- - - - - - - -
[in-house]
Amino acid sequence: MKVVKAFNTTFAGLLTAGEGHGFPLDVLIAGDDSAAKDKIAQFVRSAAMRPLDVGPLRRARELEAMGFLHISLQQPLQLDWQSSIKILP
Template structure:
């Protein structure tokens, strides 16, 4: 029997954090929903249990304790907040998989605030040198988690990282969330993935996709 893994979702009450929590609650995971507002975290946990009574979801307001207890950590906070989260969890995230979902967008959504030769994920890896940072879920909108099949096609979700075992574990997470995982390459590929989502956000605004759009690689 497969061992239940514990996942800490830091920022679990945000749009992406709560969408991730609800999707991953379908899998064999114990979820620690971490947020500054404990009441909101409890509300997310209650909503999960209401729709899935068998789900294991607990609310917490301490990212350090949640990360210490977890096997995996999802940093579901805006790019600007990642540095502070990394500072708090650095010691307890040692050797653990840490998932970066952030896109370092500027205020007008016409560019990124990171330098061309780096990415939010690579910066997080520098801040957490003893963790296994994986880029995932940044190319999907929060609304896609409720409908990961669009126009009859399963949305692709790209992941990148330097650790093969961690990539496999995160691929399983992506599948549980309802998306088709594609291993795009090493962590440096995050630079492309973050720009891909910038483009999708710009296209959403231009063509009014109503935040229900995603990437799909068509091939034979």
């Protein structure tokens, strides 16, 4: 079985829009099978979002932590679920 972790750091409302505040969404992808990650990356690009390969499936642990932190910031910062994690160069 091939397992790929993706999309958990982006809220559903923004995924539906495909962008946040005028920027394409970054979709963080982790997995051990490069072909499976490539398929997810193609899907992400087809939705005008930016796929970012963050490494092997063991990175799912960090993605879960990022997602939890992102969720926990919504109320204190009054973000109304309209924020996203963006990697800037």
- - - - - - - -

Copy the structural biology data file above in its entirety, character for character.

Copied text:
[in-house]
Amino acid sequence: MKVVKAFNTTFAGLLTAGEGHGFPLDVLIAGDDSAAKDKIAQFVRSAAMRPLDVGPLRRARELEAMGFLHISLQQPLQLDWQSSIKILP
Template structure:
């Protein structure tokens, strides 16, 4: 029997954090929903249990304790907040998989605030040198988690990282969330993935996709 893994979702009450929590609650995971507002975290946990009574979801307001207890950590906070989260969890995230979902967008959504030769994920890896940072879920909108099949096609979700075992574990997470995982390459590929989502956000605004759009690689 497969061992239940514990996942800490830091920022679990945000749009992406709560969408991730609800999707991953379908899998064999114990979820620690971490947020500054404990009441909101409890509300997310209650909503999960209401729709899935068998789900294991607990609310917490301490990212350090949640990360210490977890096997995996999802940093579901805006790019600007990642540095502070990394500072708090650095010691307890040692050797653990840490998932970066952030896109370092500027205020007008016409560019990124990171330098061309780096990415939010690579910066997080520098801040957490003893963790296994994986880029995932940044190319999907929060609304896609409720409908990961669009126009009859399963949305692709790209992941990148330097650790093969961690990539496999995160691929399983992506599948549980309802998306088709594609291993795009090493962590440096995050630079492309973050720009891909910038483009999708710009296209959403231009063509009014109503935040229900995603990437799909068509091939034979």
């Protein structure tokens, strides 16, 4: 079985829009099978979002932590679920 972790750091409302505040969404992808990650990356690009390969499936642990932190910031910062994690160069 091939397992790929993706999309958990982006809220559903923004995924539906495909962008946040005028920027394409970054979709963080982790997995051990490069072909499976490539398929997810193609899907992400087809939705005008930016796929970012963050490494092997063991990175799912960090993605879960990022997602939890992102969720926990919504109320204190009054973000109304309209924020996203963006990697800037």